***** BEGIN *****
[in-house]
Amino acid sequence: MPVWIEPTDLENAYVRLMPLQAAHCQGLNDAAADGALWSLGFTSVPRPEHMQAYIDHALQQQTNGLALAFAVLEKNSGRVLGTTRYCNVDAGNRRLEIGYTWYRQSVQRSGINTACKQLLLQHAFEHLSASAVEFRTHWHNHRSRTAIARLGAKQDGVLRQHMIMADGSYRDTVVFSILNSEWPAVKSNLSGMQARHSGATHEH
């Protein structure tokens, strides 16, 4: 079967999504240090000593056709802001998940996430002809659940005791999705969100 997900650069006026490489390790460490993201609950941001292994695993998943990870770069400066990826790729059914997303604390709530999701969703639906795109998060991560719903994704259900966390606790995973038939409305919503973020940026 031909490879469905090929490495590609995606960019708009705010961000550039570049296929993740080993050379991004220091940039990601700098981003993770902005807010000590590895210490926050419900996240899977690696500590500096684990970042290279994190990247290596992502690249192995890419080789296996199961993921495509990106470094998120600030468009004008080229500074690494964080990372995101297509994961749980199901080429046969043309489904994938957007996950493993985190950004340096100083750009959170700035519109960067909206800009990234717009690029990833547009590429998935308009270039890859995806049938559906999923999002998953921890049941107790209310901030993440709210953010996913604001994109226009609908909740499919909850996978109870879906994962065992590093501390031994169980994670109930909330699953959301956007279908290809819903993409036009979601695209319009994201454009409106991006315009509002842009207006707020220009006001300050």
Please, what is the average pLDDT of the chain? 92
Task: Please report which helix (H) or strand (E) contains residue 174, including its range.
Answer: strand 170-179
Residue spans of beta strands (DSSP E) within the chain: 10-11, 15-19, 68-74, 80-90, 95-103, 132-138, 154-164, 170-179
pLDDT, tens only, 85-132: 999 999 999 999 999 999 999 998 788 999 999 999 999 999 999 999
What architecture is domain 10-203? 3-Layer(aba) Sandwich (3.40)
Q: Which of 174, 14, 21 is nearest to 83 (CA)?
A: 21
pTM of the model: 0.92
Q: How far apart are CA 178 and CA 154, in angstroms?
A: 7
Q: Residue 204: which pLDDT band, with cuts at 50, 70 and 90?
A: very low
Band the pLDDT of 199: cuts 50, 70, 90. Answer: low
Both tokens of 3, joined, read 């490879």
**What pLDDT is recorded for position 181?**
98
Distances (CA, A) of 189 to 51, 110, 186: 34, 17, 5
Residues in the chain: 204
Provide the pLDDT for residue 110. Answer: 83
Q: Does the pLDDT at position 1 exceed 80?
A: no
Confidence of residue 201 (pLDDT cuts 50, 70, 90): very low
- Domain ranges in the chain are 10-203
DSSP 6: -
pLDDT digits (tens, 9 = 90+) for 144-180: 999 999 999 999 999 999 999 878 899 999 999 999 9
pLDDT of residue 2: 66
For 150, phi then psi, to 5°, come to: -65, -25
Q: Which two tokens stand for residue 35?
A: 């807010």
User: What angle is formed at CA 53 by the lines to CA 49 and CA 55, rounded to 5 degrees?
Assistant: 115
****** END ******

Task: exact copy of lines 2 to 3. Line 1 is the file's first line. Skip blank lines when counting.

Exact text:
Amino acid sequence: MPVWIEPTDLENAYVRLMPLQAAHCQGLNDAAADGALWSLGFTSVPRPEHMQAYIDHALQQQTNGLALAFAVLEKNSGRVLGTTRYCNVDAGNRRLEIGYTWYRQSVQRSGINTACKQLLLQHAFEHLSASAVEFRTHWHNHRSRTAIARLGAKQDGVLRQHMIMADGSYRDTVVFSILNSEWPAVKSNLSGMQARHSGATHEH
């Protein structure tokens, strides 16, 4: 079967999504240090000593056709802001998940996430002809659940005791999705969100 997900650069006026490489390790460490993201609950941001292994695993998943990870770069400066990826790729059914997303604390709530999701969703639906795109998060991560719903994704259900966390606790995973038939409305919503973020940026 031909490879469905090929490495590609995606960019708009705010961000550039570049296929993740080993050379991004220091940039990601700098981003993770902005807010000590590895210490926050419900996240899977690696500590500096684990970042290279994190990247290596992502690249192995890419080789296996199961993921495509990106470094998120600030468009004008080229500074690494964080990372995101297509994961749980199901080429046969043309489904994938957007996950493993985190950004340096100083750009959170700035519109960067909206800009990234717009690029990833547009590429998935308009270039890859995806049938559906999923999002998953921890049941107790209310901030993440709210953010996913604001994109226009609908909740499919909850996978109870879906994962065992590093501390031994169980994670109930909330699953959301956007279908290809819903993409036009979601695209319009994201454009409106991006315009509002842009207006707020220009006001300050």